Universal Display Corporation (PANL): What Should You Pay Attention To?

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Shares of OLED technology expert Universal Display Corporation (NASDAQ:PANL) are plunging today, down 13.4% as of this writing — no, make that 13.8%. The downward trajectory is pretty clear.

Universal Display Corporation (NASDAQ:PANL)

What did the company do to deserve a beating in the middle of Wall Street? Last night’s first-quarter report didn’t exactly impress.

In raw numbers, this quarter was just fine. Analysts were expecting a net loss of $0.10 per share on roughly $14.4 million in sales. Reported earnings matched that $0.10 target exactly, and sales came in a tad higher at $15.0 million.

But it wasn’t a “beat and raise” victory lap. Instead, management simply underscored revenue existing guidance for the just-started fiscal year, ranging from $110 million to $125 million.

That’s disappointing due to the simple fact the largest customer Samsung has a hit on its hands with the Galaxy S4 smartphone. The Korean company can hardly make enough components to satisfy global orders, and this OLED-equipped handset is expected to roughly double last year’s Galaxy S3 sales.

So, many investors expected Universal Display Corporation (NASDAQ:PANL)’s numbers to jump, as the Galaxy S4’s success was baked into forecasts. And it didn’t happen.

Perhaps this kinda-sorta miss also inspired investors to take a closer look at Universal’s fundamental trends. Sales are going through the roof, but profits and cash flows haven’t followed suit.

Universal Displays Mixed Messages | Infographics. TTM = trailing 12 months.

As a Universal Display Corporation (NASDAQ:PANL) shareholder myself, this is how I’m reading Universal’s mixed messages today.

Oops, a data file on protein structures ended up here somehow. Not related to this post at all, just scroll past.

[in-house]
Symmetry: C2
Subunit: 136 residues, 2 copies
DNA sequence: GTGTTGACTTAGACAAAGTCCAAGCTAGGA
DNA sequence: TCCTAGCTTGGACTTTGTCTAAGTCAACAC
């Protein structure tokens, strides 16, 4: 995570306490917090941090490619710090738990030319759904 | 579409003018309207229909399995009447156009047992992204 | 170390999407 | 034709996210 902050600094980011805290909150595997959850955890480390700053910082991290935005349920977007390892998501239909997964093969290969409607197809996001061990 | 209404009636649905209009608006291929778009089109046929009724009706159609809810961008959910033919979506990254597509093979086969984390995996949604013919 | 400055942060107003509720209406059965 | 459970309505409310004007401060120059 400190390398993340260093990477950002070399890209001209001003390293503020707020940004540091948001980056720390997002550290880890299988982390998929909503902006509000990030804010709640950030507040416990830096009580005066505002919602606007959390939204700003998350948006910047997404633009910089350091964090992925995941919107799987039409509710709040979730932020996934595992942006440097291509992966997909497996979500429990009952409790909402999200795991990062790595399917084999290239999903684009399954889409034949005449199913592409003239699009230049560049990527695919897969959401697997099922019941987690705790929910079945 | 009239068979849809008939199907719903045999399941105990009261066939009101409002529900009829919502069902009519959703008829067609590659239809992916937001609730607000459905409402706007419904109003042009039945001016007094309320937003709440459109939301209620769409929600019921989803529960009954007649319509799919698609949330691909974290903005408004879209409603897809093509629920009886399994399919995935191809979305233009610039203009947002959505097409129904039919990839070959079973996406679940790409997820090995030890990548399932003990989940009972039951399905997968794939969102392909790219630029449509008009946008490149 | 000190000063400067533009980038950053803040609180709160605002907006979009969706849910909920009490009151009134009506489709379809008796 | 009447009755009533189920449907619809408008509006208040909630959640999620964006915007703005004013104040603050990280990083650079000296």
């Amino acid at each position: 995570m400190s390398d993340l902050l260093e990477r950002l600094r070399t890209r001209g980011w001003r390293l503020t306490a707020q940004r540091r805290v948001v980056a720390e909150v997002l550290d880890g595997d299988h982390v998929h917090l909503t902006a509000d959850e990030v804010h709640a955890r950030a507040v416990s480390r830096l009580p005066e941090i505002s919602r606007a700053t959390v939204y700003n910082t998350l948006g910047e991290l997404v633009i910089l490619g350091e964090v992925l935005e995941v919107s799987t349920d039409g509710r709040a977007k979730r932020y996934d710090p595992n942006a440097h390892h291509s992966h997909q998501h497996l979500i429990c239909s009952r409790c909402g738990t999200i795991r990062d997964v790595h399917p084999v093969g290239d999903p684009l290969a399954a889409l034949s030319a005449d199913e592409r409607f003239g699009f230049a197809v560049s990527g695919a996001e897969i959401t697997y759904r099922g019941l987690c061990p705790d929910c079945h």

OLED technologies are still in a very early stage of development. Samsung’s Galaxy line has sprinkled a few OLED screens across store shelves globally, but mostly in relatively high-end and expensive products with small screens.

Universal Display Corporation (NASDAQ:PANL) generally gets paid by the gram of OLED materials, so screen size matters a lot. The real moment of truth comes if and when big-screen OLED TV sets hit the mainstream. Sony Corporation (ADR) (NYSE:SNE) introduced a small OLED TV model in 2007; Samsung and LG Display Co Ltd. (ADR) (NYSE:LPL) will debut 55-inchers this year. But these are all very expensive, low-volume products. “Mainstream” means mass production and the virtuous cycle of economies of scale. And we’re not there yet.

To prepare for that hockey-stick moment, Universal Display Corporation (NASDAQ:PANL) boosted its research and development budget by 33% over the last year. Its phosphorous OLED pixel sales have generally been of the red variety so far, but green emitters contributed a significant slice of this quarter’s revenue. The company is also working up better blue and yellow materials, as well as various layers of the OLED screen’s materials stack.

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